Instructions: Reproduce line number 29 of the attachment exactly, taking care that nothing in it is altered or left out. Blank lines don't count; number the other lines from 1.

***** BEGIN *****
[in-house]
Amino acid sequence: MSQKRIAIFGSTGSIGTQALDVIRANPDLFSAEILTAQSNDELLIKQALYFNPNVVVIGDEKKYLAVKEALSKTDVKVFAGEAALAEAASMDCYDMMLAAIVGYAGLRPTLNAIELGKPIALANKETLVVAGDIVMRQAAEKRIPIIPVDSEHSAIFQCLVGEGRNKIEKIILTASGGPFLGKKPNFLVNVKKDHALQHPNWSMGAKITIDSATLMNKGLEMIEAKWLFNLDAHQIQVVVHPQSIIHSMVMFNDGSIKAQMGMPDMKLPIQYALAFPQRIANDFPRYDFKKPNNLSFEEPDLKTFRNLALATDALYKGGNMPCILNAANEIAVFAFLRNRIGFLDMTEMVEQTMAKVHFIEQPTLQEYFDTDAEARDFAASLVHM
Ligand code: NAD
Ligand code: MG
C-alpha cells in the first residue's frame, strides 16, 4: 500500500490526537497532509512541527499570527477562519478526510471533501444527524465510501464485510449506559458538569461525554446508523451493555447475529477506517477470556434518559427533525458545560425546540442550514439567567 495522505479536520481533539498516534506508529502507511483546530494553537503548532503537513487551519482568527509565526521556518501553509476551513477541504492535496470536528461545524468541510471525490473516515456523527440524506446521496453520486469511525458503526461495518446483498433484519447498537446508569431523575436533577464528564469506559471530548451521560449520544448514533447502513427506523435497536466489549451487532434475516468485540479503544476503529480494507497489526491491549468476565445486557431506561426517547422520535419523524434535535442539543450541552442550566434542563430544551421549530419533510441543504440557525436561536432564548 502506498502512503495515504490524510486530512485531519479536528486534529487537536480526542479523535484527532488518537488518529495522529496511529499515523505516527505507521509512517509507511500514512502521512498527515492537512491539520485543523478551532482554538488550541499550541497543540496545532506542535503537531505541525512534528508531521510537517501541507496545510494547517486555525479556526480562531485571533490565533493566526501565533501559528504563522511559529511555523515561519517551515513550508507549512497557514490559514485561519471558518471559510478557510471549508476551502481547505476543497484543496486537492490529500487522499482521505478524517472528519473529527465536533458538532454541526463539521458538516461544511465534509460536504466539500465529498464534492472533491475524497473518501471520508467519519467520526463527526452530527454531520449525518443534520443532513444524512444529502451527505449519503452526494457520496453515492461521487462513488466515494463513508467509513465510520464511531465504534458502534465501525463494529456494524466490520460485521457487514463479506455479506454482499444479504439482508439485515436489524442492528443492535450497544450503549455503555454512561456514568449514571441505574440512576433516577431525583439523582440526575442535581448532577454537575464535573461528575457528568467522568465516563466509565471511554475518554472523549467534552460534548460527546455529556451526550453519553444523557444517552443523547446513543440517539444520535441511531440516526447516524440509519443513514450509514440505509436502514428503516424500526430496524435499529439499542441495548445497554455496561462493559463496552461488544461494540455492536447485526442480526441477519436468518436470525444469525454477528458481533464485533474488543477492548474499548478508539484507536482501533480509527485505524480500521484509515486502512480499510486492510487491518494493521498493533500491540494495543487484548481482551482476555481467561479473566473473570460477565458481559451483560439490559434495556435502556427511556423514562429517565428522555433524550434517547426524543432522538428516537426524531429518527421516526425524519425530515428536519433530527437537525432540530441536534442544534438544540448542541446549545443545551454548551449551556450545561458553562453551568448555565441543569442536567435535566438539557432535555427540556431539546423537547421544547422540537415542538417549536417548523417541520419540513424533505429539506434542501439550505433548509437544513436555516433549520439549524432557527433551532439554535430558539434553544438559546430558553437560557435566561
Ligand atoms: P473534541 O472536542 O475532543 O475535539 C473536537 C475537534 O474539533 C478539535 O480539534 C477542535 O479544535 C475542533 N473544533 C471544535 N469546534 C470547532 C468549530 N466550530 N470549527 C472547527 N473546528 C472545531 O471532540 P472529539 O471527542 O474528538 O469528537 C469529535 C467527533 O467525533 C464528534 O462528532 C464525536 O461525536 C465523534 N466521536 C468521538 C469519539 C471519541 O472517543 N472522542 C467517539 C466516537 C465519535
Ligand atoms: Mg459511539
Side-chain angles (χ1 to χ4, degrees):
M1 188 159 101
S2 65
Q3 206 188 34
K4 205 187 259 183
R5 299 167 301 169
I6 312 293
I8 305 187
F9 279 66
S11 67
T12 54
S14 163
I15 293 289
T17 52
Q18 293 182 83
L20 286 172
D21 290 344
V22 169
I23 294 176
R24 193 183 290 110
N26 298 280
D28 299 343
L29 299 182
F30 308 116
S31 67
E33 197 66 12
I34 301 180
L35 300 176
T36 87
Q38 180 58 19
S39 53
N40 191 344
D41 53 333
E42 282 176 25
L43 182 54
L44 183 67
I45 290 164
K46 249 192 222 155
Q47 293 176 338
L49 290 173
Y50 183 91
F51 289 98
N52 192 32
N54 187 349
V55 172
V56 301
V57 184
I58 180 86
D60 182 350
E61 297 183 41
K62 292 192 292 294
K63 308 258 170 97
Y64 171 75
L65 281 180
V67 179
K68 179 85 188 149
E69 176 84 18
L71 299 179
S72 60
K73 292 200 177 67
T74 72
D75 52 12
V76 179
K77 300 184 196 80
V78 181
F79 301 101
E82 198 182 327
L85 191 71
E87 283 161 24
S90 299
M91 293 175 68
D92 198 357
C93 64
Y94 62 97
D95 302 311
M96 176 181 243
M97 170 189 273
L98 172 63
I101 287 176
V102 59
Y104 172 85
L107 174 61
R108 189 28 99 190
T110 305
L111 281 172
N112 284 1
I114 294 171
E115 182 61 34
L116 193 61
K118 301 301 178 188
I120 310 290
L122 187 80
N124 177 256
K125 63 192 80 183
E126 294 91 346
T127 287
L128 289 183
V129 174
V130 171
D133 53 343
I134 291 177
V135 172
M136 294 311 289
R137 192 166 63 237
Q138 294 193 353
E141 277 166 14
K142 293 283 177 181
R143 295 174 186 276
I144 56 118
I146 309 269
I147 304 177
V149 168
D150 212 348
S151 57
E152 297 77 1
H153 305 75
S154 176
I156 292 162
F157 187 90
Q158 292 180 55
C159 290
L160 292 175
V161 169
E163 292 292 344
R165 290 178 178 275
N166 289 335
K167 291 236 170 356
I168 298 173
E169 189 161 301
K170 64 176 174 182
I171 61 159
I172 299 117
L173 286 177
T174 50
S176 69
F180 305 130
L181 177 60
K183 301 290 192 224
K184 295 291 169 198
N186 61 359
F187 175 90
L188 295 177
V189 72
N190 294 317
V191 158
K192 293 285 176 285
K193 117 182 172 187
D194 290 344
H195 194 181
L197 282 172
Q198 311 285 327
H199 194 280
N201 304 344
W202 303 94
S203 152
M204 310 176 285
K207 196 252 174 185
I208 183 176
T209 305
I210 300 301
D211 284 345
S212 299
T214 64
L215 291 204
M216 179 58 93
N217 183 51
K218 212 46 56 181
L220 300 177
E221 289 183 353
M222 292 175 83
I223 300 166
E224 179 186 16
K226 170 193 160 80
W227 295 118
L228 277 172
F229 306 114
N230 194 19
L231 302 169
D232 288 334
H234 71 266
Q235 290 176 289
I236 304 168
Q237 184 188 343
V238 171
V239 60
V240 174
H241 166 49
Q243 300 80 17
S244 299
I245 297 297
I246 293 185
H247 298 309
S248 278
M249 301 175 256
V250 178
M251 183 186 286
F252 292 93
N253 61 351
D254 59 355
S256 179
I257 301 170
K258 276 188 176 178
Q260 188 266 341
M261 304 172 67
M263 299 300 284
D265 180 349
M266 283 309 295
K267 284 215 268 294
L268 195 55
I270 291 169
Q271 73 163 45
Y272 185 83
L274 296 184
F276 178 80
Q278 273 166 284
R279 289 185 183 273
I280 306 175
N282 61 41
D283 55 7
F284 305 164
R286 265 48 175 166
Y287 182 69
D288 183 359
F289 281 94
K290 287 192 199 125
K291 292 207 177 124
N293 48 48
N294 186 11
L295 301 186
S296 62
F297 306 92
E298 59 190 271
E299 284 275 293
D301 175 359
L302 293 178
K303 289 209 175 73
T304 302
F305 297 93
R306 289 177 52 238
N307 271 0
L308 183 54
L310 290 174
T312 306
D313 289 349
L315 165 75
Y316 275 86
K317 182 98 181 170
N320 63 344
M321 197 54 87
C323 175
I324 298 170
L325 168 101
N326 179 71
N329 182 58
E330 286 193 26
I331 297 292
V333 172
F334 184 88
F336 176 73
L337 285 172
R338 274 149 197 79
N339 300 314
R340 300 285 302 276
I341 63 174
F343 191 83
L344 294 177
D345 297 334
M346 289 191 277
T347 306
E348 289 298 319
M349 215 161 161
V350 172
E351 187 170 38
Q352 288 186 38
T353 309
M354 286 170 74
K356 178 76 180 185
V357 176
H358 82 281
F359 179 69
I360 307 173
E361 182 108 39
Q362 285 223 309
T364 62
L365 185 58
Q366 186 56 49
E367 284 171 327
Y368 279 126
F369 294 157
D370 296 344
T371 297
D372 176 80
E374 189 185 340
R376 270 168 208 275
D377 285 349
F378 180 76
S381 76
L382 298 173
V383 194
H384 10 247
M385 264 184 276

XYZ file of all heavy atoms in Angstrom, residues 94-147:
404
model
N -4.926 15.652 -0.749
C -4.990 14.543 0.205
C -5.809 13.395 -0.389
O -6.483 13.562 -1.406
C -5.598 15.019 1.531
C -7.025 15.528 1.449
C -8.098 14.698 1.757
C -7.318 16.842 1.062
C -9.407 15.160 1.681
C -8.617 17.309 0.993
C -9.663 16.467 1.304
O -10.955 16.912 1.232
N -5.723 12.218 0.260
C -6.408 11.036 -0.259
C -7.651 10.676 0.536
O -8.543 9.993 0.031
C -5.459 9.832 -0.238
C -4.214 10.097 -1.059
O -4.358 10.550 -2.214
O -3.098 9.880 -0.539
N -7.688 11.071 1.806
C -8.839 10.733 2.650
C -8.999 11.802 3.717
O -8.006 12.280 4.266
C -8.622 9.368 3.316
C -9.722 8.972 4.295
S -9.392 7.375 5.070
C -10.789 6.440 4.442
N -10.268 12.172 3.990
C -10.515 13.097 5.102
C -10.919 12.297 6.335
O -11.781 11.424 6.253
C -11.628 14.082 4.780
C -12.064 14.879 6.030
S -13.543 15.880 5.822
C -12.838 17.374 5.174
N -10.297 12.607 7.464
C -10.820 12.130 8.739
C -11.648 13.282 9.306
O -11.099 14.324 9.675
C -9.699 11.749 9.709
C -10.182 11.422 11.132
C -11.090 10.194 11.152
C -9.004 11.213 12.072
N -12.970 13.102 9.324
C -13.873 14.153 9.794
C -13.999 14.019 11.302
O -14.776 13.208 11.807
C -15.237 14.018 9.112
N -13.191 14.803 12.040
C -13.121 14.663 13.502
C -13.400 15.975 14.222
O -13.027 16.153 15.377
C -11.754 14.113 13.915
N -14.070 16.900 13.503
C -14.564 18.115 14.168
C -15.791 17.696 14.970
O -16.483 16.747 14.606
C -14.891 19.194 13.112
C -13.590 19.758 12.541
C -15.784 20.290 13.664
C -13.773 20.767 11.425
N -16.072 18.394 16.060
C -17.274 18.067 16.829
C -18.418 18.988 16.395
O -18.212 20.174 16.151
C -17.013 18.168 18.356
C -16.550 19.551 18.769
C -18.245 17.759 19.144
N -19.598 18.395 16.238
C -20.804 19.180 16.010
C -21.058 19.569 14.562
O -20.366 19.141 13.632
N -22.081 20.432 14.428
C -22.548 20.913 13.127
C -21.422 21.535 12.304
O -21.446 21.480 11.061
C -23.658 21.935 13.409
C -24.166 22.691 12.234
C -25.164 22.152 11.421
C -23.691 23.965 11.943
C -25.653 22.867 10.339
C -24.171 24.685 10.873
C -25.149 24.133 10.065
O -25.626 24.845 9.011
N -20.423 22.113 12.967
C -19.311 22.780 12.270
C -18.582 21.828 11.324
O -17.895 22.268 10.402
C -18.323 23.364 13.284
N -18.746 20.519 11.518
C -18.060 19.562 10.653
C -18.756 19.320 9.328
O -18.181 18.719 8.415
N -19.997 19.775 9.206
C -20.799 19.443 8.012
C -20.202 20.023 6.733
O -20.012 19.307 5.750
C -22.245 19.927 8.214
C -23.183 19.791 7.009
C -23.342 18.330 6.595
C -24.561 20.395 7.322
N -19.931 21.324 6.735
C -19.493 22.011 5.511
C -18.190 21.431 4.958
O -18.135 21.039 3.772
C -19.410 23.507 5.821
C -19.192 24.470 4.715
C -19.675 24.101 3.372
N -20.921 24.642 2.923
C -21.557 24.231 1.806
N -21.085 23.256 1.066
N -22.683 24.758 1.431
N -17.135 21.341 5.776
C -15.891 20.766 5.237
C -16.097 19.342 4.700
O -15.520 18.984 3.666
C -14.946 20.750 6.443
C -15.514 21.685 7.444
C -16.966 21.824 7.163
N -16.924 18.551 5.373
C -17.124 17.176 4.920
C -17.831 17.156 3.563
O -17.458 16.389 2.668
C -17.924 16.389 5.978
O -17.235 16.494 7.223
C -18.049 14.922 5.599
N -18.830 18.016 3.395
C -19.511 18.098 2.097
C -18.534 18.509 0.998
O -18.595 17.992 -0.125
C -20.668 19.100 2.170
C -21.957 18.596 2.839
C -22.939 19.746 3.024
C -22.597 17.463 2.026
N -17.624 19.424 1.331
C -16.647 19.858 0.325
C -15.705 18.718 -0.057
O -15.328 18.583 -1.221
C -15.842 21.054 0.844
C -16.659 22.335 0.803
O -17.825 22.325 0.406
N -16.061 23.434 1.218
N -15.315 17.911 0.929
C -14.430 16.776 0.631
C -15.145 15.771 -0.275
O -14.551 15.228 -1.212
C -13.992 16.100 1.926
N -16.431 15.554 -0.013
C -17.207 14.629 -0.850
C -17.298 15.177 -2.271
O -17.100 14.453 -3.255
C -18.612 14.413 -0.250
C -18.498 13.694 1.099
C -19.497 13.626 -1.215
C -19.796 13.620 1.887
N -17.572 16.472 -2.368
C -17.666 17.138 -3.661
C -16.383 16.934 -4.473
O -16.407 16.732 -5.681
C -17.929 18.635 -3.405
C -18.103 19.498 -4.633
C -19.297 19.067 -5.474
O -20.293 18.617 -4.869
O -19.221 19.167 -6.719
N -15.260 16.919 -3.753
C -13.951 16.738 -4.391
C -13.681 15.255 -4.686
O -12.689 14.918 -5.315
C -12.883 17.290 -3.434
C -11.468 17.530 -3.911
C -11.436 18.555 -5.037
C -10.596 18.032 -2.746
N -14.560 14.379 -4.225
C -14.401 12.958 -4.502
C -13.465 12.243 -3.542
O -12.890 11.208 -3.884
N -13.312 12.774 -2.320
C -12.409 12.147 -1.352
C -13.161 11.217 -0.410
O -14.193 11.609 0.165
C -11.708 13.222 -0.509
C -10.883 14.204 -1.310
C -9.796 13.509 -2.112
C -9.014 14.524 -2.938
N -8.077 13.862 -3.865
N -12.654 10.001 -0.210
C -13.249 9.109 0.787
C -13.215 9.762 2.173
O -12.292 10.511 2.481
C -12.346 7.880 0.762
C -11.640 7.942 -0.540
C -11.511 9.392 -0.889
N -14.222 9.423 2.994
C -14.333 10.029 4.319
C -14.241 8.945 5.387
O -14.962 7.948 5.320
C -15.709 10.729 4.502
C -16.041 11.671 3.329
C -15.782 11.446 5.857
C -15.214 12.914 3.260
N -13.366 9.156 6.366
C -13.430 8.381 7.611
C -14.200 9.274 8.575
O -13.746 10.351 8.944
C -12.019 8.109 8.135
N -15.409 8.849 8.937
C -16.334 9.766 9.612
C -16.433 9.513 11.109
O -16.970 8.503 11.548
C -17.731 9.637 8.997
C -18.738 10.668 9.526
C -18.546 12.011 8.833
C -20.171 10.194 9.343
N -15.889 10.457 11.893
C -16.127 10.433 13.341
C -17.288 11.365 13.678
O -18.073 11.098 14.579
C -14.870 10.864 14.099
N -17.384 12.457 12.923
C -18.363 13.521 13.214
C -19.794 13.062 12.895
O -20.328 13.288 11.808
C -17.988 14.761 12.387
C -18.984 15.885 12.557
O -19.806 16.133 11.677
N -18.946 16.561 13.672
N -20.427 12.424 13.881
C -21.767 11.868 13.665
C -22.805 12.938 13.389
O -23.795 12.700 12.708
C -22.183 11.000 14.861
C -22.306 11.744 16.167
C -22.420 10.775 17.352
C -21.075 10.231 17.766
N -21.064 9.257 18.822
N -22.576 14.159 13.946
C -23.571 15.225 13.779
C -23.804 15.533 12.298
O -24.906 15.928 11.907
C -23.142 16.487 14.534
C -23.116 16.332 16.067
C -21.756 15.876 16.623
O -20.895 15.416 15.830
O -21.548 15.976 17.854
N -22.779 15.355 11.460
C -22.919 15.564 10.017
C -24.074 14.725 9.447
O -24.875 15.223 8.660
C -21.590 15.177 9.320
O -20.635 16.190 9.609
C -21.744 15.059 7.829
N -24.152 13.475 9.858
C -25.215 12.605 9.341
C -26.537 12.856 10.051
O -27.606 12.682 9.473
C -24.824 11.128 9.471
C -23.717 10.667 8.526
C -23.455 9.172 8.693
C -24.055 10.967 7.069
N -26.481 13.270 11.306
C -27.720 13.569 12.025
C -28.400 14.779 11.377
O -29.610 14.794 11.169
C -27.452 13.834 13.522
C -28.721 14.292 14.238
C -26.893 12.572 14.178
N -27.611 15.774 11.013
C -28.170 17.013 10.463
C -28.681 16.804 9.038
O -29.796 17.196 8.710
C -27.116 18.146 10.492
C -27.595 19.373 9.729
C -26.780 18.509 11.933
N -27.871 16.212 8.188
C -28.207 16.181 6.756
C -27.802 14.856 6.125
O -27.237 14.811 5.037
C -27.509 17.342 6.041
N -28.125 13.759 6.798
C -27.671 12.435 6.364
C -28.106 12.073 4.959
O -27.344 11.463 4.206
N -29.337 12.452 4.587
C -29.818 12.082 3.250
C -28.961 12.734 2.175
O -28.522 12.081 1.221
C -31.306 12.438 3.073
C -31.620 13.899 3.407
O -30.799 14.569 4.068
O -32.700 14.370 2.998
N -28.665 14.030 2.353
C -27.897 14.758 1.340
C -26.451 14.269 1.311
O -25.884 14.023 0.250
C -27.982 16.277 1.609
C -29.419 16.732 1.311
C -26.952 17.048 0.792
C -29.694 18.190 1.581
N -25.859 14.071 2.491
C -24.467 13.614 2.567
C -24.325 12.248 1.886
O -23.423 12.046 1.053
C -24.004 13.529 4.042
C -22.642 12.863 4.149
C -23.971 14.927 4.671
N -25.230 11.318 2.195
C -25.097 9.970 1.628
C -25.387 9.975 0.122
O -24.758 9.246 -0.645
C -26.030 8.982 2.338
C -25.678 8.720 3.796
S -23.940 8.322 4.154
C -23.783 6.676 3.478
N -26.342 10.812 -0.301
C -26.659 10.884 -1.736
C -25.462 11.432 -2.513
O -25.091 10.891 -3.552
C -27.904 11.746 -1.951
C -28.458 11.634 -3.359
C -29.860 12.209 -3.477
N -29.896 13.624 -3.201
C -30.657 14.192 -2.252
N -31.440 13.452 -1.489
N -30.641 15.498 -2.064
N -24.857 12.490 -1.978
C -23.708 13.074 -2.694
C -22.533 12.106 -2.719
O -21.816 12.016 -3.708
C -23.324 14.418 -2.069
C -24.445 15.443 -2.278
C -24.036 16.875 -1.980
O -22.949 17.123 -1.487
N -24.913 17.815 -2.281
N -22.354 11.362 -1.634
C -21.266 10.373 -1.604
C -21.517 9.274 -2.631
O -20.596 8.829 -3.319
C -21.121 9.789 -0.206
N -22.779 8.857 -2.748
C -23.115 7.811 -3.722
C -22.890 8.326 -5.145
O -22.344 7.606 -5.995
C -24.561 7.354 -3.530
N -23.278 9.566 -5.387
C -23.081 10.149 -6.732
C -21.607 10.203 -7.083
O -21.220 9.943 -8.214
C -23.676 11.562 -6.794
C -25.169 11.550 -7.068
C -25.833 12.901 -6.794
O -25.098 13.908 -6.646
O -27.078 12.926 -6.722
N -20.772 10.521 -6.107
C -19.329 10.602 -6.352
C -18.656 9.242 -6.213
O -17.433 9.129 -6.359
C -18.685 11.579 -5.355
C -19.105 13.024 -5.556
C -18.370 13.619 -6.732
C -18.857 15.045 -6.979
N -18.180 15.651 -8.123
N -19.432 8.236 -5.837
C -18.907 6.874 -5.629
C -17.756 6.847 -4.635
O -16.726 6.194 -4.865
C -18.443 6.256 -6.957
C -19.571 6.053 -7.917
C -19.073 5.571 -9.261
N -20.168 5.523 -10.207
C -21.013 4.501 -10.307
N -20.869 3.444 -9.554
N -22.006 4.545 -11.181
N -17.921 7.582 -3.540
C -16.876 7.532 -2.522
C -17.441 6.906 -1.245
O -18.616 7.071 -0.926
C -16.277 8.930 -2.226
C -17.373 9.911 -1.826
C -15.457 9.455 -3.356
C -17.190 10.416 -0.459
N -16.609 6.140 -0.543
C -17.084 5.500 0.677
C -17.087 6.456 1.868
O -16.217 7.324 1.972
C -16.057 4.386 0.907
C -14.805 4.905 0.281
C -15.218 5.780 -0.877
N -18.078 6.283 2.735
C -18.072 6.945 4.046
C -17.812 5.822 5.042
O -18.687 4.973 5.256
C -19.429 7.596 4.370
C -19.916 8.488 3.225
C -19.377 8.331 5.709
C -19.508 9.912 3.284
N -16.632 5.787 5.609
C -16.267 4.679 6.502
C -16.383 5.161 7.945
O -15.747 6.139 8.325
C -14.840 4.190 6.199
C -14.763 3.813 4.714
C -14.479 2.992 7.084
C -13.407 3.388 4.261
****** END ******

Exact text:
D28 299 343